When you next take a book to a charity shop, there’s a chance that it might end up as a work of art. Jukhee Kwon takes her inspiration from books that have been abandoned by their owner. When she sees an abandoned book, with its closed cover, she wants to open it, to free its potential. Kwon sees an object which has life, and which needs to be transformed and given new meaning.
“A book is a very personal item” she explains. “You leave your fingerprints on it, you leave your notes on its pages.” When she picks up a book that has belonged to someone else, she feels the energy of the person who used to own it. The book speaks to her: “please free me” it seems to say. “It’s freedom and excitement for me, trying to express what has been hidden inside the book’s closed covers. The book has its own story, its own energy.” Taking a sharp knife, she meticulously cuts the pages line by line, leaving uncut a small amount of paper at the end of each other line. Once the page is fully cut, the resulting strip of paper concertinas out.
The page of a meaty encyclopaedia can produce a strip of paper of up to 11 metres long. The spine of the book acts like the root of a tree, from which the strips of paper cascade downwards to the floor. But once the paper falls to the floor it creates its own root-like structure on the ground.
At her exhibition in October Gallery you can see numerous examples of this. It is so tempting to brush your hands against the work, to see what they feel like, to separate out the individual strands, as you might with Christmas decorations which have been stored since last year. The exhibition is a mixture of the tantalising – because you are constantly tempted in this way – and the extremely restful. You want to walk around, and into, the sculptures, and to view them from every conceivable angle. Up close, you want to read the words on the page that has been cut to shreds; and of course you want to stand back an enjoy the shapes and the humour: a tap from which the paper chains are cascading, or a mask which is spewing out a torrent of cut paper.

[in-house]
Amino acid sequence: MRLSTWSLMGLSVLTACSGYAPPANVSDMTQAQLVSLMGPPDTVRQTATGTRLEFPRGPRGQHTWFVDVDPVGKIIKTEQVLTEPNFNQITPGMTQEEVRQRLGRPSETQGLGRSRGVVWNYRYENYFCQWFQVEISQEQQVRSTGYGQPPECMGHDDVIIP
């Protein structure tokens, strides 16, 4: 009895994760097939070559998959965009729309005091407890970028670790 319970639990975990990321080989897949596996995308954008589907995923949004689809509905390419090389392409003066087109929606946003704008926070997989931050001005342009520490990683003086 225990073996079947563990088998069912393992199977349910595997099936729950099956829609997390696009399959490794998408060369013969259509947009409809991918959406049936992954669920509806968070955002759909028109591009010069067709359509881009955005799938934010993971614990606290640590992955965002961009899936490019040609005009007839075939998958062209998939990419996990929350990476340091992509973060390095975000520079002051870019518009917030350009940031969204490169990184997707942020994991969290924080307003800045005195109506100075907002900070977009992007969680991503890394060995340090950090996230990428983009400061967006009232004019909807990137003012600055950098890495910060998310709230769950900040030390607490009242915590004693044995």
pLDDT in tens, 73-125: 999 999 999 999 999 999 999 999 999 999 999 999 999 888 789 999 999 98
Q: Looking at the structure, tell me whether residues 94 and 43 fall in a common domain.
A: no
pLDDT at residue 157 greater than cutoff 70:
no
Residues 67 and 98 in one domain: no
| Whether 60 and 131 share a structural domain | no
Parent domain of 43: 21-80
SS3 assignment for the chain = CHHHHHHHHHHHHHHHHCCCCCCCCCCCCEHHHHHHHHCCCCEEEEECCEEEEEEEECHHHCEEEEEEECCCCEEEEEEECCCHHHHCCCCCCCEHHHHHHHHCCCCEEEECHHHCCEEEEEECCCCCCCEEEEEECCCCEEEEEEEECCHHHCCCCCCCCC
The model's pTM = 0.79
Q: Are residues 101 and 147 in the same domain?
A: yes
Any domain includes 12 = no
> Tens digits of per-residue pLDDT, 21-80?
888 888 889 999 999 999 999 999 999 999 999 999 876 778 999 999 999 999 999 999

“I destroy books,” admits Jukhee. “But actually my work is positive. A discarded book is a dead book. I give it new life.”
This idea is particularly evident in her work Vita: she discovered a stained and battered book of that name in a second hand shop in Italy, and transformed it into a bird’s nest, in which the fledglings of the next generation of birds are given life and then nurtured.
The two large installations in the main gallery space complement each other. Redemption consists of 8 books which are hung from the ceiling to form a temple-like structure with 8 pillars. The installation invites you to enter it, and the strong vertical lines give the work a masculine energy. Next to it is the Wedding Dress, made of two books, a nurturing, protective structure which makes you want to hide inside the skirts.
The male and the female are combined in a smaller work on the side wall: Libro Libero, made of a single book with some additional paper scrolls. The shredded pages cascade downwards from the remaining husk of the book, and are cradled by a nurturing basket of scrolls.
The second room, which also houses a cafe, hosts some installations which use found objects – a tap, an old telephone, a ewer – to create fun sculptures. The exhibition is beautifully lit, and so appealing that you will want to pay it more than one visit. It’s also rather fun to photograph.
Jukhee Kwon’s exhibition is at October Gallery (24 Old Gloucester Street, London WC1N 3AL – Holborn Tube) until 1 February 2014. Opening hours Tues-Sat 12:30 – 5:30 or by appointment. All photos in this post are by LKL, courtesy of the artist and the gallery. Click one to launch a slideshow.